the messenger

Federica, now jazz has a new star «I come from rock»

The Roman bassist and double bass player Michisanti has won three coveted industry awards
with his album “Afternoons”: «My dream is to work with Sting»

There is a new star on the international jazz scene. And it comes from the capital. After collaborations with the French Louis Sclavis, Vincent Courtois and Dominique Pifarély and the Americans Dave Douglas, Dan Weiss and Greg Burk, all protagonists of the circuit, the Roman bassist and double bass player Federica Michisanti has just won three prizes at the highly coveted Top Jazz, the awards assigned every year by the reference magazine of the Jazz Music scene: Musician of the Year, Record of the Year for his latest work Afternoons (published by Parco della Musica Records, the record label of Fondazione Musica per Roma) and Formazione dell' year, with Louis Sclavis, Vincent Courtois and Michele Rabbia.
An unprecedented triumph for a female musician: «I won't sit on my laurels: these awards are a stimulus to continue to do better», says she, born in 1976, raised in the Trieste neighborhood and came to jazz «relatively late».
Not born a jazz musician?
«It seems absurd, but no (laughs). I come from pop and rock. I discovered the bass when I was twenty, the double bass when I was almost thirty. Before I played the guitar, beach songs."
Which?
«Those of the Beatles, of Lucio Battisti, of Vasco Rossi.
Then, at the University of Music, I met a group of guys who played progressive rock.
I borrowed a bass to try converting my guitar. I imitated John Myung of Dream Theater."
And how did you get to jazz?
«There wasn't a sudden flash: it was a gradual falling in love. It started with the discovery of Keith Jarrett's Koln Concert, which a university friend introduced me to: it was the first jazz record I bought."
And then?
«Then Wayne Shorter arrived: that free phrasing bewitched me.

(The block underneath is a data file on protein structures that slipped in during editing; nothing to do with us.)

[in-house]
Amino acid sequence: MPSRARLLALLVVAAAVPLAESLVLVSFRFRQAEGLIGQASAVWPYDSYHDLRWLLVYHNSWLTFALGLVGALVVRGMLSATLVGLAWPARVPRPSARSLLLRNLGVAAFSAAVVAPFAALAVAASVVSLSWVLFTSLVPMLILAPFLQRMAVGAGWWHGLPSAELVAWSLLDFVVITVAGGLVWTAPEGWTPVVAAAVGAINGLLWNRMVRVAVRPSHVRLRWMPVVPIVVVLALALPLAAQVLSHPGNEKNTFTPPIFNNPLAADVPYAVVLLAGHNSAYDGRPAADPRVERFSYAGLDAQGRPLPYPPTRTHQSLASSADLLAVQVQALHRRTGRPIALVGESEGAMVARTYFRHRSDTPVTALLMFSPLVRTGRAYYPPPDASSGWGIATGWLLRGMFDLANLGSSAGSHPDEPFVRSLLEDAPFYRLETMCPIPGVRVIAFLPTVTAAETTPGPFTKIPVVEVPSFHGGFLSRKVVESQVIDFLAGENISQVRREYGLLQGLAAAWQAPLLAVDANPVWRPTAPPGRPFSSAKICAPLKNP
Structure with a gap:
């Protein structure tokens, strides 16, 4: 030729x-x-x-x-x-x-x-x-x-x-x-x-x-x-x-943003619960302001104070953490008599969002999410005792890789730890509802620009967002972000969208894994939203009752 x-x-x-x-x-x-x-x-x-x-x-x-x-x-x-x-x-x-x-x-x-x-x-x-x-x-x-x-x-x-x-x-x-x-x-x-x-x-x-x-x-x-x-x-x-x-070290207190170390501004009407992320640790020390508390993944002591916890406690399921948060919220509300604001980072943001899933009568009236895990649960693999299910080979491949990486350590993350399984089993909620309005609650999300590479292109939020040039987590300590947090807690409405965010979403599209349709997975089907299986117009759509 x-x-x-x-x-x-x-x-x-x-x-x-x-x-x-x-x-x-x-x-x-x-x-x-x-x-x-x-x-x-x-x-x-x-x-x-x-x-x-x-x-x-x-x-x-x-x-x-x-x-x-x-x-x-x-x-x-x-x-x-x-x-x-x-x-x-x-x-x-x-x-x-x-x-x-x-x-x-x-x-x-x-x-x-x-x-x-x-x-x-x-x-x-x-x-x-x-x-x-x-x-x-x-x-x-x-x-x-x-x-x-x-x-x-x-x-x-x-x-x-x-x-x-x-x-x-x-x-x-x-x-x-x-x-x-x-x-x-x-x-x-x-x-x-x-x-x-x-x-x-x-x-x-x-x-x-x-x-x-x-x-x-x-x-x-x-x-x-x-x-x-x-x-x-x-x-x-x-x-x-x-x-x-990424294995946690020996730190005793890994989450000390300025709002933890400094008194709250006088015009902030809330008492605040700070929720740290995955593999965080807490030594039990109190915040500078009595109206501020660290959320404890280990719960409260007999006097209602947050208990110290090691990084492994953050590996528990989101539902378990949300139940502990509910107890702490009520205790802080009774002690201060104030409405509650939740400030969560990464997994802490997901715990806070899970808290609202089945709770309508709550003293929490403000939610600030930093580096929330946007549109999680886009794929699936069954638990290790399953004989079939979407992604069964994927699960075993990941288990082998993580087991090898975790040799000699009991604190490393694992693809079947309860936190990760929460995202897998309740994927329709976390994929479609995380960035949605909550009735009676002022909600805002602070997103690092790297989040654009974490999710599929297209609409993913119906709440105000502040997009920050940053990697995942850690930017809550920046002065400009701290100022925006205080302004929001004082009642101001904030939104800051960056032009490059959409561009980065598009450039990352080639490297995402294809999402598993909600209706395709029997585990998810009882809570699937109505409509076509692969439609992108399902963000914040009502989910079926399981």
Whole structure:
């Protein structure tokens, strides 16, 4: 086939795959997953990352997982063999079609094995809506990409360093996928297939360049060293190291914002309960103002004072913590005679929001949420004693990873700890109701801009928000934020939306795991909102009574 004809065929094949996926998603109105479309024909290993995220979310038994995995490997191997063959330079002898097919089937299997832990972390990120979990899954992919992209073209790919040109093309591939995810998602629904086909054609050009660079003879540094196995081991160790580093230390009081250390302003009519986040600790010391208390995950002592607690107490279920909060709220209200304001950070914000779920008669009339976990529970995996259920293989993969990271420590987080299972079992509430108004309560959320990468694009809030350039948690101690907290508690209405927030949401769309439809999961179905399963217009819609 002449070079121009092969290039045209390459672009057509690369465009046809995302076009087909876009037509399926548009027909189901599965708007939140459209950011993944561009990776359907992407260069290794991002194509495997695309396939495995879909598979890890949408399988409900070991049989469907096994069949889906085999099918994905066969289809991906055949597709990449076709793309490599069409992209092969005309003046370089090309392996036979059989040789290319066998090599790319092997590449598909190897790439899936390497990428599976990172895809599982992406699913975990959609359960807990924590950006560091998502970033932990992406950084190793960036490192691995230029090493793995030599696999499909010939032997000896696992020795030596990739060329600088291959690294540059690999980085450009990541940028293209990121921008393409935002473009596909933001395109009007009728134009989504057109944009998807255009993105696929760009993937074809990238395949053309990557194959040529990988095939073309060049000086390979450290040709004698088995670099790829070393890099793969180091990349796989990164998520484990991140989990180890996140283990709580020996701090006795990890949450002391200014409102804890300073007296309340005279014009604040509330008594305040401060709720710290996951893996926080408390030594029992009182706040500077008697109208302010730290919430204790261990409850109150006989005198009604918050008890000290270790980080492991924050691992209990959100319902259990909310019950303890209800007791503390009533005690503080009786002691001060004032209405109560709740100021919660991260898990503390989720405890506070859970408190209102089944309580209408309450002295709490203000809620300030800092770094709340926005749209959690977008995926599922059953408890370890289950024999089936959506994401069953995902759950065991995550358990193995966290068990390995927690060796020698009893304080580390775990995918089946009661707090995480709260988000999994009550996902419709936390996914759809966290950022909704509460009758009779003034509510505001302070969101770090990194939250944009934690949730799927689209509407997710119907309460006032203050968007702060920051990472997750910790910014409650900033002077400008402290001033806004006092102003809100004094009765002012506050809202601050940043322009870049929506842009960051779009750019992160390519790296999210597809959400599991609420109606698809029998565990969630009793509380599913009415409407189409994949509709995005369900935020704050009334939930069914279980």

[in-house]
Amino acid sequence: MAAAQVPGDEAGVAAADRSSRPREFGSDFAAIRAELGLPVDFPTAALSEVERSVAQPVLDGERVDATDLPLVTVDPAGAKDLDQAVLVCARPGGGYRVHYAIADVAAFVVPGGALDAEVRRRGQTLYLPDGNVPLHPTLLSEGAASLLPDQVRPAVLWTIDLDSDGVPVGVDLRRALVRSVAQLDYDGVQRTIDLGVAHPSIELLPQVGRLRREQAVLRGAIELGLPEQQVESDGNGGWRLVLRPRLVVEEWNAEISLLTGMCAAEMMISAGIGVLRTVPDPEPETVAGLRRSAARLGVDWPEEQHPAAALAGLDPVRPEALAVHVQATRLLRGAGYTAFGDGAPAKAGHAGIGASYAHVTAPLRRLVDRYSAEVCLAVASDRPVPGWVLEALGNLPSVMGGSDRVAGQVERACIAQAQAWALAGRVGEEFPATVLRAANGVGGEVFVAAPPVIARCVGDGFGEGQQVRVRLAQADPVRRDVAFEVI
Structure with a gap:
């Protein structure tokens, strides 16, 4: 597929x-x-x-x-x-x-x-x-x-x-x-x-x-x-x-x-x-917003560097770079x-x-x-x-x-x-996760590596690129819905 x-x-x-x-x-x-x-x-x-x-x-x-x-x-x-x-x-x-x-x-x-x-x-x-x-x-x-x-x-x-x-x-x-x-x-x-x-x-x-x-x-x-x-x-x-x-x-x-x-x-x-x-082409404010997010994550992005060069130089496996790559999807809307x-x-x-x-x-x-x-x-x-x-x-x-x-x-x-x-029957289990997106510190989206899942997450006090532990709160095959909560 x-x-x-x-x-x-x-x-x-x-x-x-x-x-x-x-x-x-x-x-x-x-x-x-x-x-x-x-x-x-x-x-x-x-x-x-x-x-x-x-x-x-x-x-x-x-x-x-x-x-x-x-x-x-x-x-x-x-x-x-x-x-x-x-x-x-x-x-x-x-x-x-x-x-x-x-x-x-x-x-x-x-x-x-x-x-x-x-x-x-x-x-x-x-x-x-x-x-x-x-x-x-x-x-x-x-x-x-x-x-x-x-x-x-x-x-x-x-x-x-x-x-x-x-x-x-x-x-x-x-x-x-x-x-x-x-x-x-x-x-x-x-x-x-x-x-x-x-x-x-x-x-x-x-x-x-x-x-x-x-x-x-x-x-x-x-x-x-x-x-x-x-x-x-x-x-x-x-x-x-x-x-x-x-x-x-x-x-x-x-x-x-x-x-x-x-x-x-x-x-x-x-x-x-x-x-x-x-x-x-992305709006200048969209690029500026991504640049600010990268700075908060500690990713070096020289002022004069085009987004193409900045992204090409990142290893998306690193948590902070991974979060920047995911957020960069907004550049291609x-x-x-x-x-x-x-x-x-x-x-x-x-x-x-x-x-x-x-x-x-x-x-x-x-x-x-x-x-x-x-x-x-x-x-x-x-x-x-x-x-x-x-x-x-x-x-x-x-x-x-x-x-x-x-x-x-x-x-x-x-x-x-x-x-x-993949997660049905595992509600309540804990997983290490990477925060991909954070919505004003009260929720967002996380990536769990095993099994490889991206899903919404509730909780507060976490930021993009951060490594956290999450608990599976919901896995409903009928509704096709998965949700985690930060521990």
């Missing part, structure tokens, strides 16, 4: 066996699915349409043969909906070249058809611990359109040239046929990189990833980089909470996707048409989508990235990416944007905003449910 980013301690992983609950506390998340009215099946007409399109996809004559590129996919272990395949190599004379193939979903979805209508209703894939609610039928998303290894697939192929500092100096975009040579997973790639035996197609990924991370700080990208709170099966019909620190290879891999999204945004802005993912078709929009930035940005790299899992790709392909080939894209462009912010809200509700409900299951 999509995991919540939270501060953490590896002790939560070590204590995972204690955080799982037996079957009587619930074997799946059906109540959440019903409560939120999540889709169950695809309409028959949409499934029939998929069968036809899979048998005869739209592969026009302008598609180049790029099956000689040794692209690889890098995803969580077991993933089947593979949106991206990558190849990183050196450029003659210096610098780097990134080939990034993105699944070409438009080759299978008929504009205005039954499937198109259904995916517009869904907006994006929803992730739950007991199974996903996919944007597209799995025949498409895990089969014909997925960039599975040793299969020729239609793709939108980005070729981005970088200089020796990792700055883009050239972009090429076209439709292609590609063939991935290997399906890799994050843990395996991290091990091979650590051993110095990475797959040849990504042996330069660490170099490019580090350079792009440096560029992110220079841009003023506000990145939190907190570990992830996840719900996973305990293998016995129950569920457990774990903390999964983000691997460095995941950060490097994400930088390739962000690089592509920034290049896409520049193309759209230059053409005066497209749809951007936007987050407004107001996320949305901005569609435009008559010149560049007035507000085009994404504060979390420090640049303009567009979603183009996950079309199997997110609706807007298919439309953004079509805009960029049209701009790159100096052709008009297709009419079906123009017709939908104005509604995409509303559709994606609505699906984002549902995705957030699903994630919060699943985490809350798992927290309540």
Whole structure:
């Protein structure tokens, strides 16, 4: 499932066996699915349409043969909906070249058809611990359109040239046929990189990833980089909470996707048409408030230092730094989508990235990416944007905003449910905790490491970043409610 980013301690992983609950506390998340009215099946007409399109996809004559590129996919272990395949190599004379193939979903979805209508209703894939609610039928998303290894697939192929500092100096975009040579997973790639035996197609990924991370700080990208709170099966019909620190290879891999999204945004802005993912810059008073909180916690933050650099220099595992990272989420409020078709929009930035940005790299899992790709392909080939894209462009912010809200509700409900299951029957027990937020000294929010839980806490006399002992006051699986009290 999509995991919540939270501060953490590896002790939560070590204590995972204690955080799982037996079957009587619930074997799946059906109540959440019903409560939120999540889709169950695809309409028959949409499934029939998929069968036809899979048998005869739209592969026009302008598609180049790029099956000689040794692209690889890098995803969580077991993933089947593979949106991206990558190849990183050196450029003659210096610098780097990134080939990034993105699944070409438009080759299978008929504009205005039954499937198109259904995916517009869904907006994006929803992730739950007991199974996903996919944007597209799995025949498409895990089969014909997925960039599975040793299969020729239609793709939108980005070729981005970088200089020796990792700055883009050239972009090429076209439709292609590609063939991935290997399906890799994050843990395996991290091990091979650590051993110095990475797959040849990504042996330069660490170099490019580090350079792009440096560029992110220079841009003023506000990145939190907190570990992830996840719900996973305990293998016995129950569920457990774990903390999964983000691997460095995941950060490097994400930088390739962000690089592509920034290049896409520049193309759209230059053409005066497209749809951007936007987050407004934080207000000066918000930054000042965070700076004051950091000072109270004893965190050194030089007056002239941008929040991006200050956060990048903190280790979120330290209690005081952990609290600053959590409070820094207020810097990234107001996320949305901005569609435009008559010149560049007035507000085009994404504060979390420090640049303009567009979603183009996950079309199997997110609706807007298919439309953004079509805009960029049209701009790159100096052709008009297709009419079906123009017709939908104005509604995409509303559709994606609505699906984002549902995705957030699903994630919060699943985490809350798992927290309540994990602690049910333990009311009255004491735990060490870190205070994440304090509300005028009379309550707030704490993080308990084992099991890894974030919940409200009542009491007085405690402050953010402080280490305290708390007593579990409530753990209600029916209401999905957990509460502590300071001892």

The exact opposite of Charlie Parker, who I needed to study the language of jazz to understand.
I attended the Saint Louis College of Music and did seminars around Italy. Today I make my experience available to young talents, as a teacher."
Do you have a fascination for jazz anarchists?
«If we want to call them that (laughs). It depends on what you mean by jazz.
What is jazz for you?
«A huge container that gives space to many different things, inclusive. I was lucky enough to have Maestro Andrea Pighi as a teacher: he comes from classical music and played in the Orchestra of the Accademia di Santa Cecilia. But he is a particular musician, who loves to experiment: he gave me the right open-mindedness."
As a child, did you ever feel like a freak among your peers who perhaps had other interests?
«Freak no. Maybe a little rebellious."
What do you think of Victoria from Maneskin, who has become the most pop bassist in Italian music?
«Do you believe it if I tell you that I've never listened to Maneskin?
She must have heard something.
"I saw the photos. I think she's a beautiful girl."
That's all? It seems that thanks to his fascinating and spirited way of playing the bass there has been a boom in sales of the instrument among young people.
«I don't know how true that is. Also because she was certainly not the first woman to play the bass: there were Kim Gordon of Sonic Youth, D'arcy Wretzky of Smashing Pumpkins"
Is there little space for women in music?
"Yes. But it is not with female quotas that the trend can be reversed: is it a real or forced inclusion? We should give space to women not for the need to fill quotas, but for their talent."
The dream collaboration?
«With my legend Sting. Among other things, I know that he is often in Italy so never say Never."

Mattia Marzi